HealthLawProf Blog

Editor: Katharine Van Tassel
Concordia University School of Law

Wednesday, January 30, 2013

Euthanasia in Europe Re-Redux

On January 10, in Fleming v. Ireland, the Irish High Court rejected the argument that assisted suicide should be legally permitted as a right of personal autonomy.  Explicitly disagreeing with the Canadian court in Carter v. Canada, the Court concluded that the risks of abuse were simply too great.  Interestingly, however, the Court also signaled that the Director of Public Prosecutions may exercise discretion not to prosecute in appropriate cases of assisted death.  The Court opined that it "feels sure that the Director in this of all cases would exercise her discretion as whether to prosecute or not.  This approach leaves the legislative ban intact while ensuring that the Director is afforded the fullest opportunity to consider what she may think are the special and extenuating factors arising from the harrowing experiences being endured by the plaintiff."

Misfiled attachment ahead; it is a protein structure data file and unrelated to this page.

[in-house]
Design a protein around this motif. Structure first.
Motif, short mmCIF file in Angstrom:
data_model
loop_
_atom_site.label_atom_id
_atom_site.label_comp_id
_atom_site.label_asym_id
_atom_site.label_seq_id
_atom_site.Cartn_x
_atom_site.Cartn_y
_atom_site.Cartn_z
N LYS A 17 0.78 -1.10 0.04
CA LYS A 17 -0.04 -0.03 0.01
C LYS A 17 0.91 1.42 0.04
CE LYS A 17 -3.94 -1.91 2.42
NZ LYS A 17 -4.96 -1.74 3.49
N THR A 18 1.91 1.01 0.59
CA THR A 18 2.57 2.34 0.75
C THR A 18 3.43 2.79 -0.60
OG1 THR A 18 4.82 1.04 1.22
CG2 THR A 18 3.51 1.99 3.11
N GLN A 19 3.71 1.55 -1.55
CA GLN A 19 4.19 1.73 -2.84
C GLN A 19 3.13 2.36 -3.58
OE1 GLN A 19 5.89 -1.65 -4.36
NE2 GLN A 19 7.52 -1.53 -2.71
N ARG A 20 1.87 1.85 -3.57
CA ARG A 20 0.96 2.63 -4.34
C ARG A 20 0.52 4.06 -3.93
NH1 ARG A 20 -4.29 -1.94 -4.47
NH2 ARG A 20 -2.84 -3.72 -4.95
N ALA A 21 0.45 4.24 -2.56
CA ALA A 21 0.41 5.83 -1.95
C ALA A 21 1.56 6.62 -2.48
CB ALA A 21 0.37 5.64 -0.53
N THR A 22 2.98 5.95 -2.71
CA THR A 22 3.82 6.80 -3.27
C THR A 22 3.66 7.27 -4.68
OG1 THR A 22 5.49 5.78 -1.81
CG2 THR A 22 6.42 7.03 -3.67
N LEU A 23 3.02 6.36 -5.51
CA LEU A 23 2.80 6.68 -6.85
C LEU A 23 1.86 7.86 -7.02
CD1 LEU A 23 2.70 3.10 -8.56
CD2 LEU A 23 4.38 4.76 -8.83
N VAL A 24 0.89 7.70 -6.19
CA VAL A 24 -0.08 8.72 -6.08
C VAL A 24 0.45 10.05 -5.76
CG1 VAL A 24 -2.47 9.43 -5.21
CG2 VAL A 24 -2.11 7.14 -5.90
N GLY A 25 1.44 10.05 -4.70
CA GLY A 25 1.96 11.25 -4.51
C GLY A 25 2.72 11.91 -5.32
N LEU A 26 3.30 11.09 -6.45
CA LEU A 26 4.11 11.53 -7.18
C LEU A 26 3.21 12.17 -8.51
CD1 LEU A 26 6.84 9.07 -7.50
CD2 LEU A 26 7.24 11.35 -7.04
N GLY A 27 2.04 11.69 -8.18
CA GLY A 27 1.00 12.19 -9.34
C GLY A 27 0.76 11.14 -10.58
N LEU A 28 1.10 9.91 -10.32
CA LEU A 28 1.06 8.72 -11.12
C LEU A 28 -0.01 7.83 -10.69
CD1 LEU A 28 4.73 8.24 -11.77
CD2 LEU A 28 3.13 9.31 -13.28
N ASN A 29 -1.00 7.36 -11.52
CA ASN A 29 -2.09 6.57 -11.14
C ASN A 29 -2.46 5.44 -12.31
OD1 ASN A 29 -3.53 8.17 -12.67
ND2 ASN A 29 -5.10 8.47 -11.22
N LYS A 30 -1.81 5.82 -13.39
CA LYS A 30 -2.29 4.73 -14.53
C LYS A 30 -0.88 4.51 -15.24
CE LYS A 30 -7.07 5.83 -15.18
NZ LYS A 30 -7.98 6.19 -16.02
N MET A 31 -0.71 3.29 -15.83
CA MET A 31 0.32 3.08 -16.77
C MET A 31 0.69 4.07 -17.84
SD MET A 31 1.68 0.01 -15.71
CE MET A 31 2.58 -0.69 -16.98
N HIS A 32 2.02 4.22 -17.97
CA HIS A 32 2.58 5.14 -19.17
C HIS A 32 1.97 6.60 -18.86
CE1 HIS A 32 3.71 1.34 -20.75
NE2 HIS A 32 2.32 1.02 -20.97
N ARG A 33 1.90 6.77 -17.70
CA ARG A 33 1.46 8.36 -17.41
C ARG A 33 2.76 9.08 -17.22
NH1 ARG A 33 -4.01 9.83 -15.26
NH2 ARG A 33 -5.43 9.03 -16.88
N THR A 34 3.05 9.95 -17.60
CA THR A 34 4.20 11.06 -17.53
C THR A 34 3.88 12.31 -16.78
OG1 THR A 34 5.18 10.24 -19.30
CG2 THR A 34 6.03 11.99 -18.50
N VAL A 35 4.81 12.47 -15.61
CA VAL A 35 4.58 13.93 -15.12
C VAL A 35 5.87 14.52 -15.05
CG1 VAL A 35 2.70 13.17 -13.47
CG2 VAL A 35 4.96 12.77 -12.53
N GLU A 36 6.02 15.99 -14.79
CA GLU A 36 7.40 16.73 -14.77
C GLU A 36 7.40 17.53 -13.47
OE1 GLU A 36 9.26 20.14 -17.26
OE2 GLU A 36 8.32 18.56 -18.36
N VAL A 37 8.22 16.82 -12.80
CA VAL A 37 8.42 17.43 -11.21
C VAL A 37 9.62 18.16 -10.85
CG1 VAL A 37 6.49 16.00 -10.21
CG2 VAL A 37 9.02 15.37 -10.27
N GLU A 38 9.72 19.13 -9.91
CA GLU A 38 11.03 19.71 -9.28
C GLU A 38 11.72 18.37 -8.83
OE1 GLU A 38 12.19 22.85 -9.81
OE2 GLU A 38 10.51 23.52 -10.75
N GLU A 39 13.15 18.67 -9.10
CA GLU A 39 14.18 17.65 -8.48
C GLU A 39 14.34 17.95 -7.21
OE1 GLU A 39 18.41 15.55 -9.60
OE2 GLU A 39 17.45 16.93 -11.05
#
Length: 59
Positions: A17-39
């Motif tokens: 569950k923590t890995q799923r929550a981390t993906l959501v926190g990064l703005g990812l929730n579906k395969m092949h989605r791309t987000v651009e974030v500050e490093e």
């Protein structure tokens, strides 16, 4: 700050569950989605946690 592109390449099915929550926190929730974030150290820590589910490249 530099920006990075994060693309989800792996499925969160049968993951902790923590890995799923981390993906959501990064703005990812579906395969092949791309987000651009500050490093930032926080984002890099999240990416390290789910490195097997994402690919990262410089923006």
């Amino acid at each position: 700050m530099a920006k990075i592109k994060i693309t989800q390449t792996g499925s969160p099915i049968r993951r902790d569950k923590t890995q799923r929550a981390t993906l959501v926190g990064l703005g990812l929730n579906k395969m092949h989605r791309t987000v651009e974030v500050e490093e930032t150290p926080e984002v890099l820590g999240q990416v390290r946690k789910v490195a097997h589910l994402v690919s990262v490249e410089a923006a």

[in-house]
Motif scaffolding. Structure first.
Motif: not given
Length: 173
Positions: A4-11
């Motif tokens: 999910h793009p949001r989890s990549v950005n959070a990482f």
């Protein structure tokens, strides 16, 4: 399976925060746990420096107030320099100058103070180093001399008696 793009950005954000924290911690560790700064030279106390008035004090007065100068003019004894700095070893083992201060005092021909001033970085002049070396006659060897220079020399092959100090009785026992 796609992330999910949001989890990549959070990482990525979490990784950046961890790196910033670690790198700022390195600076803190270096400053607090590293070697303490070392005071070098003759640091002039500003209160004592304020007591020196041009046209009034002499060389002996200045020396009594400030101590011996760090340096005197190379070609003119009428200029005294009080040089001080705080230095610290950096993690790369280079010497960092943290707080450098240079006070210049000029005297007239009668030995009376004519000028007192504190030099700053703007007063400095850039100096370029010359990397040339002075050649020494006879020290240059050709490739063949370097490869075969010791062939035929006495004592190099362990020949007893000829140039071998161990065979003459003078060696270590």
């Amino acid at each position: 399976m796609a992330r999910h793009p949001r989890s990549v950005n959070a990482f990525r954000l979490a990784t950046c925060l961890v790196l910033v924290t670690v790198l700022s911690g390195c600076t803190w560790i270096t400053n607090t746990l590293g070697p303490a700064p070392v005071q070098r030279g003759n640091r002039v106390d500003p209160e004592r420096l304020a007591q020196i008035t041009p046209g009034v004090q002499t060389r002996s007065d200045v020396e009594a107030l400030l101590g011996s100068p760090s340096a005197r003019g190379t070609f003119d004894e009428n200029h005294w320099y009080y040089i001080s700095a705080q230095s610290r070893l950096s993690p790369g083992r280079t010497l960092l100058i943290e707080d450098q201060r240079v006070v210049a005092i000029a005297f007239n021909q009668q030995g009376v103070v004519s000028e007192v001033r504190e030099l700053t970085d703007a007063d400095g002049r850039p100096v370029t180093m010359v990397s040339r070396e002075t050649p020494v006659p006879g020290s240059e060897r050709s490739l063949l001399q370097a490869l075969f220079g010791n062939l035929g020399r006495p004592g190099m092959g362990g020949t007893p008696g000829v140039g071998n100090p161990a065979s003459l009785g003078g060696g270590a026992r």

Recent posts to this blog have addressed euthanasia performed on Belgian twins and a British right to life case.


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